Rock Your Shop

Rock Your Shop: A Guide to Building, Branding, and Rocking Etsy

By Shai Ford

Genre: Creative Business, How-to, Art & Design


‘Rock Your Shop: A Guide to Building, Branding, and Rocking Etsy’ is a one-stop guidebook for both newbie and veteran Etsians alike. From creating your shop all the way down to branding and SEO, Shai Ford pulls from 8.5 years of selling on Etsy and 4 years of social media marketing and branding, along with interviews, tips, and examples from successful sellers, to walk you step-by-step through creating, branding, and marketing your own shop.

Author Bio

ShaiShai Ford is a 29-year-old mom, social media campaign manager, and Etsy veteran. She currently runs her own Etsy shop as well as, and offers one-on-one business coaching for Etsians and other small business folks, targeting everything from product creation to social media marketing. As an artist, and a peace and social justice rights activist, Shai loves helping and watching ‘the little man’ succeed and reach their dreams.




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The author is offering 10 ebook copies of Rock Your Shop OR a professional critique of your Etsy shop – Winner’s Choice!

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About TBM

TB Markinson is an American who's recently returned to the US after a seven-year stint in the UK and Ireland. When she isn't writing, she's traveling the world, watching sports on the telly, visiting pubs in New England, or reading. Not necessarily in that order. Her novels have hit Amazon bestseller lists for lesbian fiction and lesbian romance. She cohosts the Lesbians Who Write Podcast ( with Clare Lydon. TB also runs I Heart Lesfic (, a place for authors and fans of lesfic to come together to celebrate lesbian fiction.
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11 Responses to Guest Post by Shai Ford, author of Rock Your Shop

  1. Illuminating guest post. I might give Mindmeister a look. I haven’t tried mind-mapping yet. Thanks for the suggestion.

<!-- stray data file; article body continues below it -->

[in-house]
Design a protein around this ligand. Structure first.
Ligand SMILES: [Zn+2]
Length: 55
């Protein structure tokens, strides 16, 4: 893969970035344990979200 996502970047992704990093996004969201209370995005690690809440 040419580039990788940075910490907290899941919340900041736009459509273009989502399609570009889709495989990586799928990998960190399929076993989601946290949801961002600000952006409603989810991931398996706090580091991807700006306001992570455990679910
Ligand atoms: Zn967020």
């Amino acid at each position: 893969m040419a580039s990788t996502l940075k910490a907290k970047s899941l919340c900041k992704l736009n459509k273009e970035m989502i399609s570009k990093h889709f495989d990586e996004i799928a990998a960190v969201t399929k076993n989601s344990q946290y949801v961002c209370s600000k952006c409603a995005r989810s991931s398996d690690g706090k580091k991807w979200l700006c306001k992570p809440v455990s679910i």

2. Great tips. I think permission to skip around is difficult to grasp. We often want to go from scene to scene in order. But this is so easily fixed with today’s technology. Write what is inspiring today!!

  3. cleemckenzie says:

    The skipping around part was hard for me at first, but now it’s all I do. Somehow it’s very freeing and then putting all of the writing back together so the story’s there is quite exciting.

  4. Nick Wilford says:

    Very interesting! I don’t know anything about writing a non-fiction book but I can see how it can be very similar to fiction. I like the part about giving permission to write a different part and come back to a difficult bit, I need to let myself do that as I tend to write in a very linear way.

  5. Shai Ford says:

    Thank you so much for featuring me!

  6. I’ve never heard of MindMeister. I’ll have to check it out. Thanks, Shai, and congratulations!

  7. So much great advice! I especially like the part about measuring time instead of word count. Definitely seems like a less stressful goal to aim for each day!

  8. Great tips. I keep writing my draft, and later I’ll fill in bits and pieces that I skipped. I also take breaks, because that keeps me more productive. I hate sitting around staring at the screen.